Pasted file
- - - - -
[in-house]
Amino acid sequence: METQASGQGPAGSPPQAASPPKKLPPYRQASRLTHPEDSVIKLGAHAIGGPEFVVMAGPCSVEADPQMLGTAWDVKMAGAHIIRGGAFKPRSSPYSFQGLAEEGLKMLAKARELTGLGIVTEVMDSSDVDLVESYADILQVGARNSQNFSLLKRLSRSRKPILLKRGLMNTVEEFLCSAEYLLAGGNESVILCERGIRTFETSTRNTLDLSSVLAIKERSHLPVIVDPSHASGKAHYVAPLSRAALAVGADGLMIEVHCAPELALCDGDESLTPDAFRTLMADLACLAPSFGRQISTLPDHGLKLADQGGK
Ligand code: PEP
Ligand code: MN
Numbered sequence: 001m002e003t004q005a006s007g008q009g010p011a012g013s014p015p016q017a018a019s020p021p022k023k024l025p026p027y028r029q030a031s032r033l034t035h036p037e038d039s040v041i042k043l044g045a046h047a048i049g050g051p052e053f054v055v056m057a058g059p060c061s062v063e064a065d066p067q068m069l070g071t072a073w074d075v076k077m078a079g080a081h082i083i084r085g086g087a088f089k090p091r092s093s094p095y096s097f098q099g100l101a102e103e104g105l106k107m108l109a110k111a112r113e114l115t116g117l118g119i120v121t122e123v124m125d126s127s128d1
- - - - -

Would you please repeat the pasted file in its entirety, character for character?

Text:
[in-house]
Amino acid sequence: METQASGQGPAGSPPQAASPPKKLPPYRQASRLTHPEDSVIKLGAHAIGGPEFVVMAGPCSVEADPQMLGTAWDVKMAGAHIIRGGAFKPRSSPYSFQGLAEEGLKMLAKARELTGLGIVTEVMDSSDVDLVESYADILQVGARNSQNFSLLKRLSRSRKPILLKRGLMNTVEEFLCSAEYLLAGGNESVILCERGIRTFETSTRNTLDLSSVLAIKERSHLPVIVDPSHASGKAHYVAPLSRAALAVGADGLMIEVHCAPELALCDGDESLTPDAFRTLMADLACLAPSFGRQISTLPDHGLKLADQGGK
Ligand code: PEP
Ligand code: MN
Numbered sequence: 001m002e003t004q005a006s007g008q009g010p011a012g013s014p015p016q017a018a019s020p021p022k023k024l025p026p027y028r029q030a031s032r033l034t035h036p037e038d039s040v041i042k043l044g045a046h047a048i049g050g051p052e053f054v055v056m057a058g059p060c061s062v063e064a065d066p067q068m069l070g071t072a073w074d075v076k077m078a079g080a081h082i083i084r085g086g087a088f089k090p091r092s093s094p095y096s097f098q099g100l101a102e103e104g105l106k107m108l109a110k111a112r113e114l115t116g117l118g119i120v121t122e123v124m125d126s127s128d1